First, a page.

Edwards would go on to defeat Duke, 61 percent to 39 percent. He earned well over one-million votes, the most of any governor in Louisiana history.
Edwards entered his fourth term in office in 1992 facing a $1 billion state deficit left behind by Roemer, even though he had presided over the legalization of a state lottery, video poker and riverboat gambling. Edwards proposed a land-based casino in New Orleans as a way of generating additional revenue. In 1992, after much debate, he signed into law a bill approving the casino, which opened in 1995.
The next year, after Edwards left office, WWL-TV reported that the FBI planted cameras in the office of Edwards’ Baton Rouge home as part of an investigation into gambling and a range of other business deals. His phone calls were recorded as part of the case, which led federal agents to raid Edwards’ home and office in 1997. The investigation would lead to his indictment on 28 counts in 1998.
“It’s actually less than I expected,” he quipped after the indictment. “I’m not charged with the Oklahoma City bombing.”
Edwards was convicted on May 9, 2000 – exactly 28 years to the day since he was first sworn in as governor in 1972. The man often referred to as “the Teflon governor” appeared to have finally seen accusations stick to him.
Months later, in October 2000, Edwards was acquitted on fraud charges related to the liquidation of the failed Cascade Insurance Company.
While in prison, Edwards worked on his biography and helped his legal team – which included Alan Dershowitz – appeal his conviction. Their appeal to the 5th U.S. Circuit Court of Appeals focused on the constitutionality of the government surveillance in the case and their contention that Judge Polozola was “hell-bent” on removing the infamous Juror 68 at trial. The 5th Circuit disagreed, as did the U.S. Supreme Court, which declined to take up the appeal.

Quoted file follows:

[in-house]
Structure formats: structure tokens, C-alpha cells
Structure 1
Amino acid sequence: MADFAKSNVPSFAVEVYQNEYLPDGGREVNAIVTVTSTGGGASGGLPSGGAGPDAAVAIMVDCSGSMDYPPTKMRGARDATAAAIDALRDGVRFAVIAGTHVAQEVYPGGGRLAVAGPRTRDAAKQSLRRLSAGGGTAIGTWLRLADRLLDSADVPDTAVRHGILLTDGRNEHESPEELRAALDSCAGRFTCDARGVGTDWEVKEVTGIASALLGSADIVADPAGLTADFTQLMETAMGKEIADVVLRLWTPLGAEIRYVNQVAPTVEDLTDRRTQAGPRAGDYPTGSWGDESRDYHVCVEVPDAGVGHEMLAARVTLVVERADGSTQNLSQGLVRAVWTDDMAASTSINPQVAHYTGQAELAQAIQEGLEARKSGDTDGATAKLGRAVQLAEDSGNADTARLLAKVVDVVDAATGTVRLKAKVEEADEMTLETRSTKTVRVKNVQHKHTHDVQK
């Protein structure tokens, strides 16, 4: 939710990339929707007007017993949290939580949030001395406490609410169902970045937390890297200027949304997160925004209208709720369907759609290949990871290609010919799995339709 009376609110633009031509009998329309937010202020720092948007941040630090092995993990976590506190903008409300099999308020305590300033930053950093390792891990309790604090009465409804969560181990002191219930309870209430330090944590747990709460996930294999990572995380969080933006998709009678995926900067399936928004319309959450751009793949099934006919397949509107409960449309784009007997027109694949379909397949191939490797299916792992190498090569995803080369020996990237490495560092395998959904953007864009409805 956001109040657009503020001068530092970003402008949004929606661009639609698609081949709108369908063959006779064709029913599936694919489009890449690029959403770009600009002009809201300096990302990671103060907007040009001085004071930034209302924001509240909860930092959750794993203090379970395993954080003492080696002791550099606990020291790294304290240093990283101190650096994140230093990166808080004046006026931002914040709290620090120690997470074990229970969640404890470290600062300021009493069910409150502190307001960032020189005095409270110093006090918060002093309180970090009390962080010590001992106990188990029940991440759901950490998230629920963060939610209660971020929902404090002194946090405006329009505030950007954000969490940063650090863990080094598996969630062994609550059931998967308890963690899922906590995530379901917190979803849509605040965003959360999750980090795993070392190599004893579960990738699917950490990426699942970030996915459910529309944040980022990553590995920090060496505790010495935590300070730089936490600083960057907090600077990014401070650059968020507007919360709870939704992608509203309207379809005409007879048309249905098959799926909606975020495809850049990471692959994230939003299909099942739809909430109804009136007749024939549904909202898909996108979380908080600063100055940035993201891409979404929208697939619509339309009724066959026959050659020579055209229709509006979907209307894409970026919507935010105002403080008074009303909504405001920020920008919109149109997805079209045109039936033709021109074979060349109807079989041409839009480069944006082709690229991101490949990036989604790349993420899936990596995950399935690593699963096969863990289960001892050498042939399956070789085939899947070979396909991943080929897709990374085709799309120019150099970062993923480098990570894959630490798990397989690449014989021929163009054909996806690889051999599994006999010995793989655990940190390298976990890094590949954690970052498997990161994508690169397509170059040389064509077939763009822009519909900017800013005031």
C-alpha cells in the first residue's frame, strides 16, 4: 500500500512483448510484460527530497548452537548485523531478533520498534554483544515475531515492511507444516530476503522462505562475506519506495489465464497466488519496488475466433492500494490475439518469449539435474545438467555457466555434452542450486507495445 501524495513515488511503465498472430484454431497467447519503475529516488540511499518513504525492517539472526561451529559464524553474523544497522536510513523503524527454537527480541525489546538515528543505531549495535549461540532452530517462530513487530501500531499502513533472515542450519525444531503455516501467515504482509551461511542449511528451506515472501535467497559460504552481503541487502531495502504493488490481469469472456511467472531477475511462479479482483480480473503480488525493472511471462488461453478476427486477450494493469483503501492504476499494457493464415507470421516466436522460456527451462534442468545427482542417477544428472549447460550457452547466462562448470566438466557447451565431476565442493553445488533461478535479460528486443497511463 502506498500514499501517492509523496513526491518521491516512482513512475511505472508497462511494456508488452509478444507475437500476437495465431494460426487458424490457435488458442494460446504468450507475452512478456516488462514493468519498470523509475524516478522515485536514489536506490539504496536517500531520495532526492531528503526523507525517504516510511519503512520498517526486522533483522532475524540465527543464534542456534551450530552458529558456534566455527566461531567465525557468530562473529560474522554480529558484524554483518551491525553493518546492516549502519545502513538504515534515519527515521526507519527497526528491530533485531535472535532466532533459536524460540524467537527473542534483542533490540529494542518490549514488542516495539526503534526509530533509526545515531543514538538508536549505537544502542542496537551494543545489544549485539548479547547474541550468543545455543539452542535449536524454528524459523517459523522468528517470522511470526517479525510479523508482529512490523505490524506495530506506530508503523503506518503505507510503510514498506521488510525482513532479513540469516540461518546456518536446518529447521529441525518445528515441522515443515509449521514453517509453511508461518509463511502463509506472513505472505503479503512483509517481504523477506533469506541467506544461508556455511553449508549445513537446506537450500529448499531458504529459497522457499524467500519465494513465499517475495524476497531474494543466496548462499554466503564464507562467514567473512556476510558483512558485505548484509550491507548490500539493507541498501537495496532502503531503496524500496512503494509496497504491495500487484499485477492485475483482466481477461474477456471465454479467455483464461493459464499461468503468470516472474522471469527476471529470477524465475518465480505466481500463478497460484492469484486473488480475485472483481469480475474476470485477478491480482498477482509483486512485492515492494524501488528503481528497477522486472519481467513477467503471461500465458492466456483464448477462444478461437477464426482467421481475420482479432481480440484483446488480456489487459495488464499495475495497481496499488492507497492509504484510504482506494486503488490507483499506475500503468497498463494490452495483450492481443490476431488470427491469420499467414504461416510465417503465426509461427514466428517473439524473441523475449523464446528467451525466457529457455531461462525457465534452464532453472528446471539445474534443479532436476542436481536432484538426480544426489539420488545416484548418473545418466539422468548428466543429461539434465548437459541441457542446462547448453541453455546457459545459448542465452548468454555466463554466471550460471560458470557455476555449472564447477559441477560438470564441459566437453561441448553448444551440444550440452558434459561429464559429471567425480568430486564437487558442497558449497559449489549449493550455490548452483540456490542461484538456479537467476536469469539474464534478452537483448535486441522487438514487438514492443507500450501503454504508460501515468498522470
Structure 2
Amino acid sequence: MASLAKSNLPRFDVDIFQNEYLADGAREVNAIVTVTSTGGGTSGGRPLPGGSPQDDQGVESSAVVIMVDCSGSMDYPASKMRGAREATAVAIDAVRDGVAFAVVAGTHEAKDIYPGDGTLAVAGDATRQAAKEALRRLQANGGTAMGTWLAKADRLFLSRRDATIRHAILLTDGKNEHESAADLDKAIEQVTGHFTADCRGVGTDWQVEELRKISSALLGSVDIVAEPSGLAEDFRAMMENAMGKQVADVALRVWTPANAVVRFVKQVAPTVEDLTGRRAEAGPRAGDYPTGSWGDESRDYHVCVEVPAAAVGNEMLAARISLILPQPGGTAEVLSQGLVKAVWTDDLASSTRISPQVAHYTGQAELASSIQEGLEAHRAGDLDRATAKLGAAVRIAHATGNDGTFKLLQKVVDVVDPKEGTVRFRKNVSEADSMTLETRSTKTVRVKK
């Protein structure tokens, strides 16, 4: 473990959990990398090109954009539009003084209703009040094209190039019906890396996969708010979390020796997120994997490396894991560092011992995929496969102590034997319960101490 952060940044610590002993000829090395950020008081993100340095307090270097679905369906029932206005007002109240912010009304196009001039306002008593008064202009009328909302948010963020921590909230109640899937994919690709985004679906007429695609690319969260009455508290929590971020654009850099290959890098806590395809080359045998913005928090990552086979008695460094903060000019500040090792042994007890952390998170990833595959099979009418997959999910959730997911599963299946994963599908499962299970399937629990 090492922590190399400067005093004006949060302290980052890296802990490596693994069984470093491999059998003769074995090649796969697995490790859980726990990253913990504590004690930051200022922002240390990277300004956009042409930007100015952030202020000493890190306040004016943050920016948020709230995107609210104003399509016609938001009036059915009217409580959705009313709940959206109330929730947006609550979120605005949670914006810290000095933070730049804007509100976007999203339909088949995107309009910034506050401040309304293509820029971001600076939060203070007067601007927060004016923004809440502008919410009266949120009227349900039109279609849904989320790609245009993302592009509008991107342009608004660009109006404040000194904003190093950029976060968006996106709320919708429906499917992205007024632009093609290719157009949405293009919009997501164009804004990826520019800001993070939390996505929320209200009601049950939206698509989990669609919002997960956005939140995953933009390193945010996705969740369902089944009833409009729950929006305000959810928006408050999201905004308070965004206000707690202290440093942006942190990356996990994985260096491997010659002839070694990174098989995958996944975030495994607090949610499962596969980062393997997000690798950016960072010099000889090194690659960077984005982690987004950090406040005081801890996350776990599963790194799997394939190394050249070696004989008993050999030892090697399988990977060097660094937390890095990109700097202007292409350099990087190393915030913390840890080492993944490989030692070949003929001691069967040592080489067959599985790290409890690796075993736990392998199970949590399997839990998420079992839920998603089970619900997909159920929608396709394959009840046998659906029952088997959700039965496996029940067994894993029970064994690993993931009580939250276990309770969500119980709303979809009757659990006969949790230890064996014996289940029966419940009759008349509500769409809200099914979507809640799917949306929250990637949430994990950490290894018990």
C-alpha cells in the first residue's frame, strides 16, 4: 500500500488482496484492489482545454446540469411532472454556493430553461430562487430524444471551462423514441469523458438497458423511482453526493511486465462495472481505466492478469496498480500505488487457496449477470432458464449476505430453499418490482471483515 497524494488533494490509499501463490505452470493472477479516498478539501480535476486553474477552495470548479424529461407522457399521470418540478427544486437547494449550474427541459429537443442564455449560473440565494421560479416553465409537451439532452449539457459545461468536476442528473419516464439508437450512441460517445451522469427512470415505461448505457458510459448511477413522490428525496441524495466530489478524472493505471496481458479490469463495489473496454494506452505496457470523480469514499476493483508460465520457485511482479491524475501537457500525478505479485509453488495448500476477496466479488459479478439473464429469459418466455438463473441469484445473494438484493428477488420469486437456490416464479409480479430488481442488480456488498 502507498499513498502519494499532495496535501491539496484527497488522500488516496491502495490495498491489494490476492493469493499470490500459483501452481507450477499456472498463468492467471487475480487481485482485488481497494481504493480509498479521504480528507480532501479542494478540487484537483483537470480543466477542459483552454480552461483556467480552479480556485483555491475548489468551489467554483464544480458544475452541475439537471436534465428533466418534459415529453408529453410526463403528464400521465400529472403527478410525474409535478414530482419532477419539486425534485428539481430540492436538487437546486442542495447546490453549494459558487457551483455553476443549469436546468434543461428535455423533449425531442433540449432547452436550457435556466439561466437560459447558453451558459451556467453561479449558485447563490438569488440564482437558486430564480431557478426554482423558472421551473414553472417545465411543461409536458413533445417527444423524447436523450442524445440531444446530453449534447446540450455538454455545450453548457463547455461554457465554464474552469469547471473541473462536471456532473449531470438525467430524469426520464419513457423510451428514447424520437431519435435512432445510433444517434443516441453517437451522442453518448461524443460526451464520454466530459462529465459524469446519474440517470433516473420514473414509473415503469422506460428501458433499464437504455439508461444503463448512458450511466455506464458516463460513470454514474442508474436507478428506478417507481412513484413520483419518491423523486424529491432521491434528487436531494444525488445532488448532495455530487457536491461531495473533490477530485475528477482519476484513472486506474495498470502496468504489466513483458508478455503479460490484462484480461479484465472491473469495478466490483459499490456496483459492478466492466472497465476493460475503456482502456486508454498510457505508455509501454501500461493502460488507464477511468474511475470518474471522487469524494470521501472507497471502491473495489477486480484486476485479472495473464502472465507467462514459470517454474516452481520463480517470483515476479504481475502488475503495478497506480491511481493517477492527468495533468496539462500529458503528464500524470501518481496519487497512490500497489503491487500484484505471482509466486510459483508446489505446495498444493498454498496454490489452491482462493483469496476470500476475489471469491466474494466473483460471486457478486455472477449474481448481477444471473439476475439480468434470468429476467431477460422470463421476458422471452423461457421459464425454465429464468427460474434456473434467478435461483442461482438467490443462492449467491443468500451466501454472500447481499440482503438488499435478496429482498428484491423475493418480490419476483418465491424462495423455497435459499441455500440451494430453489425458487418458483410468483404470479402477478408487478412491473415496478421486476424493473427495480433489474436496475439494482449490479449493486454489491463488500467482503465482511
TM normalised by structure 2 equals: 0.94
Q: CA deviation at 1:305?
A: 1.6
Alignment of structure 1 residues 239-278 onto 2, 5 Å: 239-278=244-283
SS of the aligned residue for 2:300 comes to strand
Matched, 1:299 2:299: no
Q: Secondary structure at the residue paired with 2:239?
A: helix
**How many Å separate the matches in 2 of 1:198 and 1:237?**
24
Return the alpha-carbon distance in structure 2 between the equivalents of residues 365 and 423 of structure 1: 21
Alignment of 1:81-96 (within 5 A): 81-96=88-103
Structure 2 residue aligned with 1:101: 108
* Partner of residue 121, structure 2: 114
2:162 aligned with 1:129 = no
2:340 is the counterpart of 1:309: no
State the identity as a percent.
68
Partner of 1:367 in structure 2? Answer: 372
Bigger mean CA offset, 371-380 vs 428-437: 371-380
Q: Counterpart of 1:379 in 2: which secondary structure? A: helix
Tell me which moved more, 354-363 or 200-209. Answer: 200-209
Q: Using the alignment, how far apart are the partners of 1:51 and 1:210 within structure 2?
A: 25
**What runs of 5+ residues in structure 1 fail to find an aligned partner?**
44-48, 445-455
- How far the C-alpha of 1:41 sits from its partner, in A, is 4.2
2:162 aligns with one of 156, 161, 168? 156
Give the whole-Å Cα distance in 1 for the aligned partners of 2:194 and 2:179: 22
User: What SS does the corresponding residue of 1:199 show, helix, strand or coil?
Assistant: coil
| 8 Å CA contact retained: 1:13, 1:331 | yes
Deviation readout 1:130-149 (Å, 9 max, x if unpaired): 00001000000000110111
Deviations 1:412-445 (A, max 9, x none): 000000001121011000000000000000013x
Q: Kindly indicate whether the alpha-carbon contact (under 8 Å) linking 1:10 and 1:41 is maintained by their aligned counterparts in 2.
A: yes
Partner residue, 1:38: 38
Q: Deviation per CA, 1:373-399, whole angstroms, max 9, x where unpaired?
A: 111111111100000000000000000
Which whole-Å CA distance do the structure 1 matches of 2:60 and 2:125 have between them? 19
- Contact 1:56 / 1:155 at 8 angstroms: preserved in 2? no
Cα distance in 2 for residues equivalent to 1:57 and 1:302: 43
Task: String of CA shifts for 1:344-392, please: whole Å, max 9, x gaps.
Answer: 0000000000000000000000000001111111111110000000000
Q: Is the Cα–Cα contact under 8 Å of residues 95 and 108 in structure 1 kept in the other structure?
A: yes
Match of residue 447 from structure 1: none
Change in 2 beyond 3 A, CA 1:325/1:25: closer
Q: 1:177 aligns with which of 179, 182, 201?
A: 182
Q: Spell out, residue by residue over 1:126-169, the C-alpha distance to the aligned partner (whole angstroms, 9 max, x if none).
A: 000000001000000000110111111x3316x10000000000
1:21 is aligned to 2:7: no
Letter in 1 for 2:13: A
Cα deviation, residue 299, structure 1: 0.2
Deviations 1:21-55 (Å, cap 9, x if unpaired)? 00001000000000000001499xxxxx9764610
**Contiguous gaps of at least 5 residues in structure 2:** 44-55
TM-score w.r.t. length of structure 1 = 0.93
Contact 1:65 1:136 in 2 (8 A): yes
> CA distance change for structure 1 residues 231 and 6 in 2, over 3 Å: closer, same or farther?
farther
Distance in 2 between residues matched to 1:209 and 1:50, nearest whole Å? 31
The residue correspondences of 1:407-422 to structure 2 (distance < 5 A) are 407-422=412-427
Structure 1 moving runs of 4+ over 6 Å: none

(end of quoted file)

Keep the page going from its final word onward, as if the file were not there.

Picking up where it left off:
Edwards never claimed he was innocent of the accusations leveled against him, however. In a 2003 interview with CBS News, conducted from a federal prison in Fort Worth, Texas, Edwards instead said that he never felt what he did justified a 10-year sentence.
“And most people in Louisiana feel the same way,” Edwards said. The proof, he said, was the more than 100,000 signatures gathered on a petition seeking his early release.
“To my critics out there, I want them to know that they’re getting what they wanted: I’m suffering. But to my friends, I want them to know I can handle it,” he said in the 2003 interview.
In a 2017 WWL-TV interview, Edwards also made a point to say that none of the charges against him stemmed from during his time in office.
“The conviction that I got, unfair or fair, whatever you want to call it, had nothing to do with my being governor. Nothing,” he said.
While in prison, Edwards filed for divorce from his second wife Candy. The two had been married for 10 years.
When he was released from prison in 2011, it was almost as though he’d never left the public eye. He celebrated his wedding to Trina Scott and his 84th birthday with a party at the Hotel Monteleone. Guests paid $250 each to watch friends roast the former governor.
Back in the public eye, at least occasionally, Edwards appeared at book signings and made personal appearances. Many times, he said, people urged him to run for office again.
His federal conviction meant he couldn’t run for governor but did not bar him from waging a campaign for Congress. In 2014, he ran in the 6th Congressional District which includes the Baton Rouge area, as well as Houma and Thibodaux. Edwards made the runoff but lost to Republican Garret Graves.
During a 2013 appearance at LSU, Edwards was asked by interviewer Larry King to ponder the reality that the first line of his obituary, no matter how much good he may have done for the state, includes the fact that he was convicted and served time in prison.
“Probably so, and that’s par for the course,” Edwards said. “But I will say that all the elections I ran in over the years, in all but one I was at the top of the ballot, so I must have done something right.”
– With reporting by Danny Monteverde and Clancy DuBos